The prologue, chapter and section headings, and epilogue are integral to the storyline. The prologue provides readers with a brief history of the America’s Cup and introduces Dan Cook, the motivator behind the establishment of the women’s team. Interviews with Cook are skillfully interwoven into this story that exemplifies a noteworthy occasion in history. The chapter headings, as well as section headings within chapters, do not interrupt the flow of the story. Specifically, the headings are an invaluable source of information by giving readers each chapter’s theme, along with making it easy to follow changes in locations, events, and timeframes. The epilogue includes uplifting and appreciative comments in recognition of not only the women’s team but also their advocates. Moreover, these remarks are made by men who are instrumental in changing the perception of women’s ability to compete against men in yacht racing. In addition, the epilogue includes a meeting with the press in 1995. This encounter brings into question whether or not a man may have negatively affected a key performance.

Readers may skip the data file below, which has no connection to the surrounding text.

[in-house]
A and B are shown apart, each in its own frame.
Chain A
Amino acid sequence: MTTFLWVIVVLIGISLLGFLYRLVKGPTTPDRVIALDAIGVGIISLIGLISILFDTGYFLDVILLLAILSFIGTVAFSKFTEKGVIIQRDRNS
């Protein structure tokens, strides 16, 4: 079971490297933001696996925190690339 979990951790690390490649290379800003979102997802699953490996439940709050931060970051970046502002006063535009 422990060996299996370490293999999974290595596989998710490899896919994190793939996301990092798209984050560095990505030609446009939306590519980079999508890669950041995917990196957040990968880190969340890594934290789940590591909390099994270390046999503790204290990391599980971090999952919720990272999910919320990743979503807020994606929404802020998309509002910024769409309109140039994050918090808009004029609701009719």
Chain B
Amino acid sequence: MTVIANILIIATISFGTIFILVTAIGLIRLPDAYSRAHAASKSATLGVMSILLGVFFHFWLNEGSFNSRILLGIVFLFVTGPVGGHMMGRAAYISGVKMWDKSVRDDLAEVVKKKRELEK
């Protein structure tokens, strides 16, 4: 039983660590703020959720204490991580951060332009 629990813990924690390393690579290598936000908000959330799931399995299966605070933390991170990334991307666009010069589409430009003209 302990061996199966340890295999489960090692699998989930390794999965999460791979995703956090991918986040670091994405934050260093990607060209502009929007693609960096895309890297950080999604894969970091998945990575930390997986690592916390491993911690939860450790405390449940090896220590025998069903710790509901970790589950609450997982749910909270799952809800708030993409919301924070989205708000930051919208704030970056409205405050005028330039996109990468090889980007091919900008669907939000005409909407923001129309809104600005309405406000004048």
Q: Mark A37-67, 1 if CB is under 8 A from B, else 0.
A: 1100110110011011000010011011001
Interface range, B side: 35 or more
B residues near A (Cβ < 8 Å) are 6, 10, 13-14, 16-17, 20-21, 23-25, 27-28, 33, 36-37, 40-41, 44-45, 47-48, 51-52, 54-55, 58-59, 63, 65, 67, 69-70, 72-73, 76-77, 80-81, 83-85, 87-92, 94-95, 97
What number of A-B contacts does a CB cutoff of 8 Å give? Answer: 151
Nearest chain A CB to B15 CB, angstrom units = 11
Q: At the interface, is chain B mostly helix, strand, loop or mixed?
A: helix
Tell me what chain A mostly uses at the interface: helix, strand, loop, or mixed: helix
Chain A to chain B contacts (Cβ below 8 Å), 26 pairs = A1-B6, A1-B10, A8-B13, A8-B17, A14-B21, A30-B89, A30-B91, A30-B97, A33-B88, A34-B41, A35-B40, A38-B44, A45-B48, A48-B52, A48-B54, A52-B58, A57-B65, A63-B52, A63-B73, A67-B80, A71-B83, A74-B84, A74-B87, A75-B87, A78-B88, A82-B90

Dancing with Death: An Epic and Inspiring Travel Adventure by Jean-Philippe Soulé

Reviewed by Lisa Brown-Gilbert

Dancing with DeathOffering an intensely evocative and aptly titled narrative, Dancing with Death both guides and inspires, armchair adventurers as well as venturesome travelers to the jungles, seas, people and cultures of the world’s “roads” less traveled within the beautiful panoramas of Latin America. Co-authored by co-adventurers Jean-Philippe Soulé and Luke Shullenberger, this dynamic read memorializes not only their experiences during their expansive sea kayaking journey, but also serves to help bring awareness to the cultures and history of the seldom seen or noted native peoples they encountered.